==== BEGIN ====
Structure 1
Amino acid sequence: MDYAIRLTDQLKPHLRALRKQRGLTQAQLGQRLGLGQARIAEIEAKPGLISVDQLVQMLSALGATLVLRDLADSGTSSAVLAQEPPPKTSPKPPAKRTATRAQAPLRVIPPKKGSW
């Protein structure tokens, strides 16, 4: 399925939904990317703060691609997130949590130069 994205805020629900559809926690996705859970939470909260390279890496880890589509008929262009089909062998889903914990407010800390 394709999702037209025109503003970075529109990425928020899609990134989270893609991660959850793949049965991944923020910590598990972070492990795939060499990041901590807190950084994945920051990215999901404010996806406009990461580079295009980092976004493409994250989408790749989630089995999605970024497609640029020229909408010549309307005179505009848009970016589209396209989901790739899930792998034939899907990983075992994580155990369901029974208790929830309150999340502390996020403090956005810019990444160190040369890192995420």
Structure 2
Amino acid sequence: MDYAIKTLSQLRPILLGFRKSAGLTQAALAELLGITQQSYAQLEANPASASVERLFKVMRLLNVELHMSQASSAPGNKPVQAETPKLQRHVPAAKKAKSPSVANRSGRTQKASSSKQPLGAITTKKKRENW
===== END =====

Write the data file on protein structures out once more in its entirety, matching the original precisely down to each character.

Structure 1
Amino acid sequence: MDYAIRLTDQLKPHLRALRKQRGLTQAQLGQRLGLGQARIAEIEAKPGLISVDQLVQMLSALGATLVLRDLADSGTSSAVLAQEPPPKTSPKPPAKRTATRAQAPLRVIPPKKGSW
């Protein structure tokens, strides 16, 4: 399925939904990317703060691609997130949590130069 994205805020629900559809926690996705859970939470909260390279890496880890589509008929262009089909062998889903914990407010800390 394709999702037209025109503003970075529109990425928020899609990134989270893609991660959850793949049965991944923020910590598990972070492990795939060499990041901590807190950084994945920051990215999901404010996806406009990461580079295009980092976004493409994250989408790749989630089995999605970024497609640029020229909408010549309307005179505009848009970016589209396209989901790739899930792998034939899907990983075992994580155990369901029974208790929830309150999340502390996020403090956005810019990444160190040369890192995420």
Structure 2
Amino acid sequence: MDYAIKTLSQLRPILLGFRKSAGLTQAALAELLGITQQSYAQLEANPASASVERLFKVMRLLNVELHMSQASSAPGNKPVQAETPKLQRHVPAAKKAKSPSVANRSGRTQKASSSKQPLGAITTKKKRENW